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26 of 28 people found the following review helpful
5.0 out of 5 stars DAVIS' BRASS RENDITION OF RODRIGO'S CONCERTO IS PERFECT
The first time I heard Concierto de Aranjuez by Joaquín Rodrigo for Spanish guitar and symphonic orchestra it was performed by virtuoso Narciso Yepes. It was the most incredible music I had heard, decades ago. The world agreed because since Yepes first recorded Rodrigo's concerto four decades ago literally hundreds of different artists recorded this ethereal music...
Published on 16 Mar 2005 by F. Sweet

versus
1.0 out of 5 stars Great music, poor quality mp3s
The sound quality of these mp3s is terrible. It sounds as though they have been poorly mastered, and as a result they peak and distort unless they are listened to at very quiet volumes (too quiet to enjoy). I recommend buying the C.D. instead.
Published 2 months ago by S C Kenward


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5.0 out of 5 stars Miles' and Gil's Iberian Excursion, 9 Jan 2011
By 
The Guardian (UK) - See all my reviews
(VINE VOICE)    (TOP 50 REVIEWER)   
This review is from: Sketches Of Spain (Audio CD)
"Sketches of Spain" recorded in 1959-60 was the third project resulting from the long collaboration between Miles Davis and innovative master of orchestral arrangements Gil Evans. The album explores the musical styles of the Iberian Peninsula and has a distinctive feel quite different from any of Miles' other work, often described as something of a musical landmark. A listener familiar with classical music who has never been able to connect with jazz might find this collection an immediately accessible gateway.

The opener is an extended re-interpretation of the second movement of J. Roderigo's modern impressionist-classical piece "Concierto di Aranjuez", which Miles listened to repeatedly in 1959 and declared "I couldn't get it out of my mind." Gil's orchestration for an ensemble of brass and woodwind anchors the melody, is faithful to Roderigo's score and captures the spirit of the original to perfection. It is more classical (i.e. rigid) in structure than normally found in jazz, allowing only constrained improvisation around the melody. In re-interpreting the original score for the guitar, Miles responds to the more formalised framework with understated mastery and works with the orchestra to fine result: a satisfying and distinctive mood-piece which lingers in the memory. Roderigo, by the way, didn't like it: the brass-dominated orchestral sound too much of a departure from his vision; the absence of the Spanish guitar at the heart of the piece, and the second movement of the concerto removed from the context of the faster and more upbeat first and third movements not at all to the composer's taste. However, in the context of the other pieces on Miles and Gil's "Sketches of Spain" it fits perfectly and sets the mood.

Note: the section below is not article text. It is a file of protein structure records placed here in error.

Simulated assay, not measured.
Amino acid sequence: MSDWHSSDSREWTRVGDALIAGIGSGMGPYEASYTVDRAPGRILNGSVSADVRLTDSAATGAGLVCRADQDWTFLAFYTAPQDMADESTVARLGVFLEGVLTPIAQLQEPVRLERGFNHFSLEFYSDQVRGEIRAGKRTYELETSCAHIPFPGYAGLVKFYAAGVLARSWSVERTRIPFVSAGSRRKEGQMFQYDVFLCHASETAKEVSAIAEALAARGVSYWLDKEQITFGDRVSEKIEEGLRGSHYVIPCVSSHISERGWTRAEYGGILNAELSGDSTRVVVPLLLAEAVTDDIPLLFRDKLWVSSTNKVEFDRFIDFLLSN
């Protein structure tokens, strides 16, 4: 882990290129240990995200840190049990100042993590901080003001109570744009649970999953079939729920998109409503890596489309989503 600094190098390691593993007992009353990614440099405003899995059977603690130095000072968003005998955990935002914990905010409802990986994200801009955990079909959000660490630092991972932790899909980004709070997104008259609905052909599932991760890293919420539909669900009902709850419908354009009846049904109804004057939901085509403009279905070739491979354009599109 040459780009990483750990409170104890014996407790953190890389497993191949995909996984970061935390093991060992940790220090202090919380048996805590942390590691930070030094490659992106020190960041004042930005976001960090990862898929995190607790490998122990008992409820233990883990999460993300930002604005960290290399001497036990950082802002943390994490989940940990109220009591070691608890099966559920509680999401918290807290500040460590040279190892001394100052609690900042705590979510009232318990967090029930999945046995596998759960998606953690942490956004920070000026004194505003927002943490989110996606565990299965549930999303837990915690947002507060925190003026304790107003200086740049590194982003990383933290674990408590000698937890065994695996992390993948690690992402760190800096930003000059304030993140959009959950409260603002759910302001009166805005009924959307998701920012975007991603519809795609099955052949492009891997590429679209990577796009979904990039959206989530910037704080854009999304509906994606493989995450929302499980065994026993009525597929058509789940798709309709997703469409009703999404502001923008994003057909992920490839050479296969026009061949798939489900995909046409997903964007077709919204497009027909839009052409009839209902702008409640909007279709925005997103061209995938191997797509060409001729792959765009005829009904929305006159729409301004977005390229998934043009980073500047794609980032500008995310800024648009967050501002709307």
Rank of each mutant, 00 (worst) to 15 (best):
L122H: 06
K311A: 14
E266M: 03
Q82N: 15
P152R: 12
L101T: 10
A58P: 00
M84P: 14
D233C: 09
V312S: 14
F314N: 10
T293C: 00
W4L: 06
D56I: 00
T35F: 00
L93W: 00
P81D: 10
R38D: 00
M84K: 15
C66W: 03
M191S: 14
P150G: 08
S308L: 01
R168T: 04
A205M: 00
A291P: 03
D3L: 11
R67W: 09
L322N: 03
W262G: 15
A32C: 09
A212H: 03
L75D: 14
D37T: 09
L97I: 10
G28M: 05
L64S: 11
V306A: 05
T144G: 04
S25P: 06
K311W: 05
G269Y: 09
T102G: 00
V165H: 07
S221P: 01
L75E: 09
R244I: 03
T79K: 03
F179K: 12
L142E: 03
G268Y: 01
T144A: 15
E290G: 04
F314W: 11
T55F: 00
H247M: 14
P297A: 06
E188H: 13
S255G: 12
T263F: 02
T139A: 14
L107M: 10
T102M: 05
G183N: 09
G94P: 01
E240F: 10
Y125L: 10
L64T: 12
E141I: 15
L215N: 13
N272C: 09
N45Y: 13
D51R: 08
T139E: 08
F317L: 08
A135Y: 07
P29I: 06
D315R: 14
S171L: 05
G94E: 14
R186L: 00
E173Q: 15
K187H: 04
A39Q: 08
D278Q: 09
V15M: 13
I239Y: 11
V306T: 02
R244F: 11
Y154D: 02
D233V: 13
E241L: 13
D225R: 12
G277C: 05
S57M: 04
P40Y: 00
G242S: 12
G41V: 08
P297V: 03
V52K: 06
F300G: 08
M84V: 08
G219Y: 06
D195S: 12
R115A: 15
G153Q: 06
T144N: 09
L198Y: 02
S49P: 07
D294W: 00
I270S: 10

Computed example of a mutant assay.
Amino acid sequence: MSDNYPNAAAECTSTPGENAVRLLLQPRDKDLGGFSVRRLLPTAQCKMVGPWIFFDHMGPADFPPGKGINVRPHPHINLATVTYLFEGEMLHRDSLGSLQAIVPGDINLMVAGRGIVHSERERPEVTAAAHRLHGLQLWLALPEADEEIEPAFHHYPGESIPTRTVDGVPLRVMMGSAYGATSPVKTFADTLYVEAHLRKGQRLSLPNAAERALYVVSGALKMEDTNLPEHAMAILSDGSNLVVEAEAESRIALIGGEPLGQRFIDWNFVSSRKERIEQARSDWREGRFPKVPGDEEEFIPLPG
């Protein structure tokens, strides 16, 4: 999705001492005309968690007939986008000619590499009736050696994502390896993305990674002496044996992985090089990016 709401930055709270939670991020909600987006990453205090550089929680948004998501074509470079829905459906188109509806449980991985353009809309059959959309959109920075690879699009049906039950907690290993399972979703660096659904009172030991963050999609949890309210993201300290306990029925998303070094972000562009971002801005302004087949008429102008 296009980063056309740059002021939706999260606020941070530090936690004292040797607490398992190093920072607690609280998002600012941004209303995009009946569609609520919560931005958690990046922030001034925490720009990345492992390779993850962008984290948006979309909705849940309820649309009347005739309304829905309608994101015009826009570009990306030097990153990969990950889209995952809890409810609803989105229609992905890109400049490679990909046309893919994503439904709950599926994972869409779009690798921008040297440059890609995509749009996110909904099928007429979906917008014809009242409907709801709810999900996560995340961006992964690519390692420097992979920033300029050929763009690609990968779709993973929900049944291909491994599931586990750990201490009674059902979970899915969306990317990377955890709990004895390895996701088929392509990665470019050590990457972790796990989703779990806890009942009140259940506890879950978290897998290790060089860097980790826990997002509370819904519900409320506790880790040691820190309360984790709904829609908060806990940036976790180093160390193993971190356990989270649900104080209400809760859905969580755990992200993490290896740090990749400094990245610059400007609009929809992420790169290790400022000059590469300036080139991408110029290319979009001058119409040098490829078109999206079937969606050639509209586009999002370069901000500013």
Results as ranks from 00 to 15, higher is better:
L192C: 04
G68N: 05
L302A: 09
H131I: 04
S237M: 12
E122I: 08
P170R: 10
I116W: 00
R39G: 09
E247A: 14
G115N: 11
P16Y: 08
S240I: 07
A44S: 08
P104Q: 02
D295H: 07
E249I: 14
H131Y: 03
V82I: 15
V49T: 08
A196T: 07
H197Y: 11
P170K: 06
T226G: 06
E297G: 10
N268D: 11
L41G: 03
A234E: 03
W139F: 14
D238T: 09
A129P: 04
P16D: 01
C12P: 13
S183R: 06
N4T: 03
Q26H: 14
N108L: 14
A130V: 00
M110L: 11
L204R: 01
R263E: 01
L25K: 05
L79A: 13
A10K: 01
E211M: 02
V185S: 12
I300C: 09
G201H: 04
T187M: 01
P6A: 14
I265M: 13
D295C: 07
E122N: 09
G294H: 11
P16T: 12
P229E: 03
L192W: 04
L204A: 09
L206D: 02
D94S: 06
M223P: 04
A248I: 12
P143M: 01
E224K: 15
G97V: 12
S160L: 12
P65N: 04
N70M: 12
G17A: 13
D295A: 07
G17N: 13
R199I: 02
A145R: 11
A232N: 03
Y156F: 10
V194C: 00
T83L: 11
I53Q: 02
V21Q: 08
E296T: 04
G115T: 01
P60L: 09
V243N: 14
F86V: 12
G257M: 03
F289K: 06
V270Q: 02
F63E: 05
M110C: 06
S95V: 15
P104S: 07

Three shorter pieces, "Will o' the Wisp", "The Pan Piper" and "Saeta" follow, each different but blending seamlessly with "Aranjuez" in style and confirming the mood. The long closer, "Solea" (12.08) is an attention-grabber grounded on Gil's spellbinding percussion-dominated orchestration, an invitation to which Miles responds with intelligence and expressive sensitivity to weave a fine tapestry filled with moments of tension and delight, still in the Iberian mode.

"Sketches of Spain" is a fine album, distinctive and special, which should never be absent from any serious collection of Miles Davis' key works. Even if you're not really a fan of jazz in general or of Miles in particular but love the Concierto di Aranjuaz or the music of Spain, consider making an exception and adding it to your collection. For a Miles Davis fan, it's indispensable.